News broke this evening that the Pentagon has been tracking a spy balloon believed to be from China that’s currently floating somewhere over the continental U.S. And it’s causing quite a commotion, to say the least.

First reported by NBC News, the balloon was reportedly spotted on Wednesday over Montana and Defense Secretary Lloyd Austin convened a meeting of top officials, despite the fact that he was in the Philippines to announce a new defense cooperation agreement with the country.

But what do we actually know about the balloon? The latest news is below.

Who launched the balloon?

The Pentagon says it has “very high confidence” the balloon was launched by China and that such a thing has actually happened before, according to the Associated Press. The difference this time is that the balloon is reportedly lingering over U.S. airspace longer than usual.

“The United States Government has detected and is tracking a high altitude surveillance balloon that is over the continental United States right now. The U.S. government, to include NORAD, continues to track and monitor it closely,” Pentagon Press Secretary Brig. Gen. Pat Ryder said in a statement published online.

Where is the balloon exactly?

The balloon flew from China over the Aleutian Islands, the long island chain that stretches out from southern Alaska, according to NBC News. From there, it traveled through Canada and into Montana, though U.S. officials aren’t saying precisely where the balloon is right now, except to say that it’s at a height which won’t endanger commercial air traffic.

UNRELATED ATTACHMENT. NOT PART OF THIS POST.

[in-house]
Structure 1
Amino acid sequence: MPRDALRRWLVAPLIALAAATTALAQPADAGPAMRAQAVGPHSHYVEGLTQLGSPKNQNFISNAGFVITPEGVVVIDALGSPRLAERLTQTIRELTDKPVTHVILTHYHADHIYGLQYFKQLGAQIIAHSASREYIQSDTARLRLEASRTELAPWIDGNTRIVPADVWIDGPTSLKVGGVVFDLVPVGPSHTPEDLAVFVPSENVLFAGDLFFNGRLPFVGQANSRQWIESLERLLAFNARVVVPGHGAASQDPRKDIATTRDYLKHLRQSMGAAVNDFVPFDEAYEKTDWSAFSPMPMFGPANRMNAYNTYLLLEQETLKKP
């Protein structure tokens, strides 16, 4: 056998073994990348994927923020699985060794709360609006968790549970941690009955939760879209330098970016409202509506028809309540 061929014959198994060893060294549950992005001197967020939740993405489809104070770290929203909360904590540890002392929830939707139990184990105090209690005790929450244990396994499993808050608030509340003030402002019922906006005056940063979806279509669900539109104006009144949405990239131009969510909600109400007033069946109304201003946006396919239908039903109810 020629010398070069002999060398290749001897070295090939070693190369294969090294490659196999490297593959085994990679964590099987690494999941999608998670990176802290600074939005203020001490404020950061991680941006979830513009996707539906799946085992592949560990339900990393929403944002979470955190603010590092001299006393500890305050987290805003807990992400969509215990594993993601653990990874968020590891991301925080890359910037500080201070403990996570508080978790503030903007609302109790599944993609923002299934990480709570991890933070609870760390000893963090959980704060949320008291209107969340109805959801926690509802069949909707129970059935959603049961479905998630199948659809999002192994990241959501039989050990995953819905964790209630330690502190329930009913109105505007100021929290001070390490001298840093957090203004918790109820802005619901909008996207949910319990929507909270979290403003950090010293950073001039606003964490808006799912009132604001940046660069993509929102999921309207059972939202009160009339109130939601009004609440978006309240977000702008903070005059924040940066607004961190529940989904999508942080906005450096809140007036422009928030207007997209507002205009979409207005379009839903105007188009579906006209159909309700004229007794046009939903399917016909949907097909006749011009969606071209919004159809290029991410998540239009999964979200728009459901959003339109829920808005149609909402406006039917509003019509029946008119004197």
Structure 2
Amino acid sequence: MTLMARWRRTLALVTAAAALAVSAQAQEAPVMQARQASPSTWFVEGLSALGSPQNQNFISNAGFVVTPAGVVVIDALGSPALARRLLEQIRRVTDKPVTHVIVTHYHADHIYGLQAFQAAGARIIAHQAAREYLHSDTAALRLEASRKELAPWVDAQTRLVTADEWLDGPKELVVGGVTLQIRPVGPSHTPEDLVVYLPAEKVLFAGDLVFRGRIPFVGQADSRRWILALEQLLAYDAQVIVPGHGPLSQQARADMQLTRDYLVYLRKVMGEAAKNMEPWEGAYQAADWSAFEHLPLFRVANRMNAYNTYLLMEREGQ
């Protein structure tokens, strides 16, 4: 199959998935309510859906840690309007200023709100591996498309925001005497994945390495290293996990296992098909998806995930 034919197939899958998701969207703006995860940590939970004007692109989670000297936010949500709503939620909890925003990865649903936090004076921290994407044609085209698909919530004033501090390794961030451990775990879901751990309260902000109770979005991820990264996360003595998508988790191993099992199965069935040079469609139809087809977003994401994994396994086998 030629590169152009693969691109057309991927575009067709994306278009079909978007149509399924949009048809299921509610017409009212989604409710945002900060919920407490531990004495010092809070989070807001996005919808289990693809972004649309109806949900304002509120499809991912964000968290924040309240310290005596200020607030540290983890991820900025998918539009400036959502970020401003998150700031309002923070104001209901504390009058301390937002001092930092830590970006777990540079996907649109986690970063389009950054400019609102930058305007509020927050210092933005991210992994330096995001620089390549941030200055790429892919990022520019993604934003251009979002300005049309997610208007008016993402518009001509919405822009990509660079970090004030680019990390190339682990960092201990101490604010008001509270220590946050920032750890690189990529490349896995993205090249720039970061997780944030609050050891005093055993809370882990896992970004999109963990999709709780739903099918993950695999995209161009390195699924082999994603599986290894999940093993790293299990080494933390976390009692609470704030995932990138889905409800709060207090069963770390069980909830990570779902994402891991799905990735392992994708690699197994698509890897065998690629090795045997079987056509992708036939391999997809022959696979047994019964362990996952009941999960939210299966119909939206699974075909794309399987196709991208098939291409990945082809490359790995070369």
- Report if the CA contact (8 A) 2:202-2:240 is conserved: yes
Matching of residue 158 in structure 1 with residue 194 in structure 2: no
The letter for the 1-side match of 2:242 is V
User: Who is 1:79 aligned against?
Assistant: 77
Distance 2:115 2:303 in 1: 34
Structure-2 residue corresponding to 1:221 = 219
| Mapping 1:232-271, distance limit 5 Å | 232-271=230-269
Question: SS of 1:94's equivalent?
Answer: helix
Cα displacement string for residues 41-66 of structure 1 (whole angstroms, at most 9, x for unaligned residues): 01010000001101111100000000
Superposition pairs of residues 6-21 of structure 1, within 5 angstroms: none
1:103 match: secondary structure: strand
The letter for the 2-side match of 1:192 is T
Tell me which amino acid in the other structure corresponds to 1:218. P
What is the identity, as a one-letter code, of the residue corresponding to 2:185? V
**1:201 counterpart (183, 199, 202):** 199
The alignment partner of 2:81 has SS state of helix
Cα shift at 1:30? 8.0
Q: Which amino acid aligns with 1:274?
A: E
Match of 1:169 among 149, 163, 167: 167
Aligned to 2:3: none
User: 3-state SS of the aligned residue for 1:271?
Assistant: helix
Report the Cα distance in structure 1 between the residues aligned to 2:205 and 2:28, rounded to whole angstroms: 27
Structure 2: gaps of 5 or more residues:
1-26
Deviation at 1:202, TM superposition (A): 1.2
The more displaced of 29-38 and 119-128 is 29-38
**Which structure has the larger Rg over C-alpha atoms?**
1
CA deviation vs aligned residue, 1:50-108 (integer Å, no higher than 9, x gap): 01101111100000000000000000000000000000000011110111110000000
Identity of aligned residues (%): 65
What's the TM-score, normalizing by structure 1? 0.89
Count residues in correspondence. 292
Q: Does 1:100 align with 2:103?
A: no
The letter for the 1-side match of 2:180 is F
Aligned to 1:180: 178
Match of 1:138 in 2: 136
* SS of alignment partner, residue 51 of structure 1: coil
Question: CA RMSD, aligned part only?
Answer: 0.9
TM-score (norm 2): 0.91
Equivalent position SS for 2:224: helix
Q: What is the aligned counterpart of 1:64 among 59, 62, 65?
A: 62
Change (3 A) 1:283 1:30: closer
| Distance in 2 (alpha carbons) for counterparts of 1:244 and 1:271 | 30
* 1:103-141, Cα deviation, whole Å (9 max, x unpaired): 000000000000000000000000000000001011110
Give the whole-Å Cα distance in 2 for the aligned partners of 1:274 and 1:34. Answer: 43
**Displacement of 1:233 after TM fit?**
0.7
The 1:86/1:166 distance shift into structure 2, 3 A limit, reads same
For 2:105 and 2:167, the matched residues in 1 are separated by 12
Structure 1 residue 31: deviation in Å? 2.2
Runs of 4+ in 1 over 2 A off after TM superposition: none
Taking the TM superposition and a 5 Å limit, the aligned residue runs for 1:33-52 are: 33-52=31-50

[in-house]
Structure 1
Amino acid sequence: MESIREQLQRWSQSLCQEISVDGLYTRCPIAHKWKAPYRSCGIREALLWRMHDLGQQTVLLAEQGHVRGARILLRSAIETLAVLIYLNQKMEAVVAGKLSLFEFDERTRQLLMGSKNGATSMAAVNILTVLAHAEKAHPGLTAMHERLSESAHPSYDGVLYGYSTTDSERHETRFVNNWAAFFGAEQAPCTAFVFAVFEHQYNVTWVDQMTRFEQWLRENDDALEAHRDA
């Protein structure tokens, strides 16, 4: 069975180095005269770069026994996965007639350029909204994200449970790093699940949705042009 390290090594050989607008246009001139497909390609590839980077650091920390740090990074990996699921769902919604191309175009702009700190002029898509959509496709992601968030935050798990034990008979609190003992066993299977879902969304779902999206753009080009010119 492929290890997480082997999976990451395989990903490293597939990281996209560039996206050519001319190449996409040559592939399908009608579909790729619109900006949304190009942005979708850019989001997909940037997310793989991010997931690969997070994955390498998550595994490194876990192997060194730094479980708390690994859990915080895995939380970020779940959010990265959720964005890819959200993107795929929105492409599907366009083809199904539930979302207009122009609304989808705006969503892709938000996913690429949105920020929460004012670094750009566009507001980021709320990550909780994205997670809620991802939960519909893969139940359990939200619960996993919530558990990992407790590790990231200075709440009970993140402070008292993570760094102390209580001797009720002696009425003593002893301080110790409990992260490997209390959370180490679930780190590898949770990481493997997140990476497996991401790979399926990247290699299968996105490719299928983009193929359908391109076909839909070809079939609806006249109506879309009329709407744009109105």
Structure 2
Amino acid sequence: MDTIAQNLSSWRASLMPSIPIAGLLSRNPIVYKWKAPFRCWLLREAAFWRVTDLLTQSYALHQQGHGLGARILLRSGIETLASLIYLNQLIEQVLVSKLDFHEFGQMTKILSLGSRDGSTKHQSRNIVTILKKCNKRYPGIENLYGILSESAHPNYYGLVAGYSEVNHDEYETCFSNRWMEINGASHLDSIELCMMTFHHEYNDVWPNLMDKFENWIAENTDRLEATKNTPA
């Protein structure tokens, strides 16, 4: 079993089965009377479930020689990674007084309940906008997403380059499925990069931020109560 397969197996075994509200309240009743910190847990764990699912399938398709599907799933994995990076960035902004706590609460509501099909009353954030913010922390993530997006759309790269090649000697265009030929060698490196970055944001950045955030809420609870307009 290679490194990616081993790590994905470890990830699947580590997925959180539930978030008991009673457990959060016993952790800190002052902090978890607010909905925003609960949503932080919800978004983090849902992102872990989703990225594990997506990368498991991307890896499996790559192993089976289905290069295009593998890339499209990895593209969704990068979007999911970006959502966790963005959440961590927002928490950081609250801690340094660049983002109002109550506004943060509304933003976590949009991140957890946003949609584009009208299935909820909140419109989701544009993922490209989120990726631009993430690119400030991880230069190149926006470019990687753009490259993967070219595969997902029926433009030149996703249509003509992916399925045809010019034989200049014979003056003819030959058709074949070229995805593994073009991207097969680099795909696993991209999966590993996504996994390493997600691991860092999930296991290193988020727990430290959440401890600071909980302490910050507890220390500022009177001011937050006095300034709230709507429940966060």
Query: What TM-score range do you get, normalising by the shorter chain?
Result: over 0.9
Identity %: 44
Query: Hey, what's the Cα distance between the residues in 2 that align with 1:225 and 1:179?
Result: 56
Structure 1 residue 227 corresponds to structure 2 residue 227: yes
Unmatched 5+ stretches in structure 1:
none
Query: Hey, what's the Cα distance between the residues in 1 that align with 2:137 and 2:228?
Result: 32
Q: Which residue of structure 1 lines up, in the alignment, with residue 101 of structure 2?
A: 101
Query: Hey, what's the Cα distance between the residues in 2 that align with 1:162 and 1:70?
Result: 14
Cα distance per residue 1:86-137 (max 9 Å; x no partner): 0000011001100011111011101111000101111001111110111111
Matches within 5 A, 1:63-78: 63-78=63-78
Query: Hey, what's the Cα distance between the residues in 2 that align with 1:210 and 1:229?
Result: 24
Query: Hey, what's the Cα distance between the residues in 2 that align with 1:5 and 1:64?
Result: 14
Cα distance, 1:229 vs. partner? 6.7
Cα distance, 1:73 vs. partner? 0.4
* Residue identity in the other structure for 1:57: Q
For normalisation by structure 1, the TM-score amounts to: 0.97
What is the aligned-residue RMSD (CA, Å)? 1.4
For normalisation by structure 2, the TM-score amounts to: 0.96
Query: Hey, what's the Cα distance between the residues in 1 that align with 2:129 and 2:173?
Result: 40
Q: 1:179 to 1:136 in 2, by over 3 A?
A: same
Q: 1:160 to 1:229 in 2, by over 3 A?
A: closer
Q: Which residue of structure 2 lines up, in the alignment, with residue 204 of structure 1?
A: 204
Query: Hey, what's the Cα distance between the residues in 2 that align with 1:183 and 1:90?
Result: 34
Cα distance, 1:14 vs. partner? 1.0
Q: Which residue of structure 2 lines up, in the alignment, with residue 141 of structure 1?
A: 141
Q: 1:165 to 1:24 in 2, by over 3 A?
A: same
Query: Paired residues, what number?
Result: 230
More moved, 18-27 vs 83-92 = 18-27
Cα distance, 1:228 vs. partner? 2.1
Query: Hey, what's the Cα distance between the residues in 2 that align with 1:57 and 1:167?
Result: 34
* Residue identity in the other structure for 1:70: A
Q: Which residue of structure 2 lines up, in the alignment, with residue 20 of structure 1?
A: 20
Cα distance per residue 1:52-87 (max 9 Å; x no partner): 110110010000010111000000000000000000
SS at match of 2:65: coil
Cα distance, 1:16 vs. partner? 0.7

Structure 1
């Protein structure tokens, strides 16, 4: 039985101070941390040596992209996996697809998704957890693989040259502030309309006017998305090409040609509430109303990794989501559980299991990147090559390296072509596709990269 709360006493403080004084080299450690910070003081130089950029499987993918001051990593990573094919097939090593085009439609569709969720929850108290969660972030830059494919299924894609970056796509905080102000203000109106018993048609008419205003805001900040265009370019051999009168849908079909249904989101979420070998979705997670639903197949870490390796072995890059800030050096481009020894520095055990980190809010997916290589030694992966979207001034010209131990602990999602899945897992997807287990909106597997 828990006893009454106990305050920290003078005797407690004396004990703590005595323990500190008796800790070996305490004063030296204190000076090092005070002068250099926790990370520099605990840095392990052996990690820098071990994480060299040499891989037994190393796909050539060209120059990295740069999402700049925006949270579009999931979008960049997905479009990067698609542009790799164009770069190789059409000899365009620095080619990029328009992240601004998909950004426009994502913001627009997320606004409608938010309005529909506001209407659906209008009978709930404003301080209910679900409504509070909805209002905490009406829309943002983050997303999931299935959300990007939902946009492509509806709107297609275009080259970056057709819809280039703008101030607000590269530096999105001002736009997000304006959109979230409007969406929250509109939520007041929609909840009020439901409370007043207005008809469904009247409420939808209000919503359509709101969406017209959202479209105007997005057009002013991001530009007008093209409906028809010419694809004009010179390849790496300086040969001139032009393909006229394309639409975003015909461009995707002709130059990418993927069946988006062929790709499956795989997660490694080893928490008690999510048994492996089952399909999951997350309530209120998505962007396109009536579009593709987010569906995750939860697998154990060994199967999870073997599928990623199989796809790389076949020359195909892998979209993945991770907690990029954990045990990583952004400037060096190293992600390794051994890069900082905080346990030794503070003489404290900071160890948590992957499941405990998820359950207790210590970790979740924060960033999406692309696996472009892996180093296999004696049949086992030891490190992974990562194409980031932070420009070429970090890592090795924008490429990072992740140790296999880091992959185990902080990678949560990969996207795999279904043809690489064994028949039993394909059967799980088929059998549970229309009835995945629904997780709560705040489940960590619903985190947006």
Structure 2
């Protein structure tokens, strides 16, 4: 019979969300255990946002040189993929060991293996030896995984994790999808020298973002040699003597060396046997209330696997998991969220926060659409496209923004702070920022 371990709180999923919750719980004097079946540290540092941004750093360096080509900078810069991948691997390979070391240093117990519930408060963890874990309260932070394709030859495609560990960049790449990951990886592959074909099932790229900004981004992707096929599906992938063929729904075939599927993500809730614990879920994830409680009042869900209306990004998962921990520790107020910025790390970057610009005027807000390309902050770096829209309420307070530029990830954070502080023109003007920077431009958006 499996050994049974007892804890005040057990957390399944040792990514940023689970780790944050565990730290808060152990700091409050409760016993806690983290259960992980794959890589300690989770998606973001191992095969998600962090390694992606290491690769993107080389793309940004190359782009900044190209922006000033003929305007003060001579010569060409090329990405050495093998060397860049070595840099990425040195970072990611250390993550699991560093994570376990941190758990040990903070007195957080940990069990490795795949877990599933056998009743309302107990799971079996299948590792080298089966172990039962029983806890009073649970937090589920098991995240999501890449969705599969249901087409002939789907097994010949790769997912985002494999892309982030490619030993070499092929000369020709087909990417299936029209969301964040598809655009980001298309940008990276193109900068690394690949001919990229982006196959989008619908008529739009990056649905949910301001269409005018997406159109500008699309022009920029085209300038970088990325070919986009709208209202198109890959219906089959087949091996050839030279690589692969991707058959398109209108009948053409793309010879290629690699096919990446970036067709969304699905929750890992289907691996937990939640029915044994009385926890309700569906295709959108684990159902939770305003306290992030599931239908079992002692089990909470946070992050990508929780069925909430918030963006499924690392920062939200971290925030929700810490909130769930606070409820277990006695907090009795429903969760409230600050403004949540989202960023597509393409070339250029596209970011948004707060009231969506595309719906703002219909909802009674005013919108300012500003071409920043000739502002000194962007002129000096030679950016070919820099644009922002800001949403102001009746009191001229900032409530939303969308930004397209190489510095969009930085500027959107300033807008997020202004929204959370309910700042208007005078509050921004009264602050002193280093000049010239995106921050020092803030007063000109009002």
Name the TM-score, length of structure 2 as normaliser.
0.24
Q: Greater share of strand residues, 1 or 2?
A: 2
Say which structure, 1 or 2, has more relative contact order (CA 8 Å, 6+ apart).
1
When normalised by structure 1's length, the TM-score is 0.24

“The balloon is currently traveling at an altitude well above commercial air traffic and does not present a military or physical threat to people on the ground. Instances of this kind of balloon activity have been observed previously over the past several years,” the Pentagon said in a statement published online.


What does the balloon look like?

The Billings Gazette published a photo of the balloon it suggests was taken on Wednesday afternoon from the ground in Billings. KSVI-TV in Montana has also published a photo of what it believes was a view of the balloon taken from the ground on Wednesday. It’s difficult to decipher what’s actually happening in the photos except to say it’s a large white balloon with the rough outline of what looks like a satellite in the foreground.

What is the balloon used for?

The Pentagon isn’t getting explicit about that part yet. But the balloon caused chaos for air traffic in Billings on Wednesday, according to the Billings Gazette, despite assurances from the Pentagon that it wouldn’t do so now. Air traffic was shut down over Billings for a period of time on Wednesday and U.S. fighter jets were seen flying in the area.

Malmstrom Air Force Base in Montana has one of America’s three nuclear missile silo fields, a possible target for espionage, though that’s simply speculation at this point. Any intelligence collection capabilities would likely be less than a typical spy satellite, according to the Washington Post, and China has plenty of those in orbit already.

Can’t they just shoot the balloon down?

The U.S. military has opted not to shoot down the balloon, according to PBS Newshour, simply because they don’t want to run the risk of it landing on anything on the ground.

“Once the balloon was detected, the U.S. government acted immediately to protect against the collection of sensitive information,” the Pentagon said.


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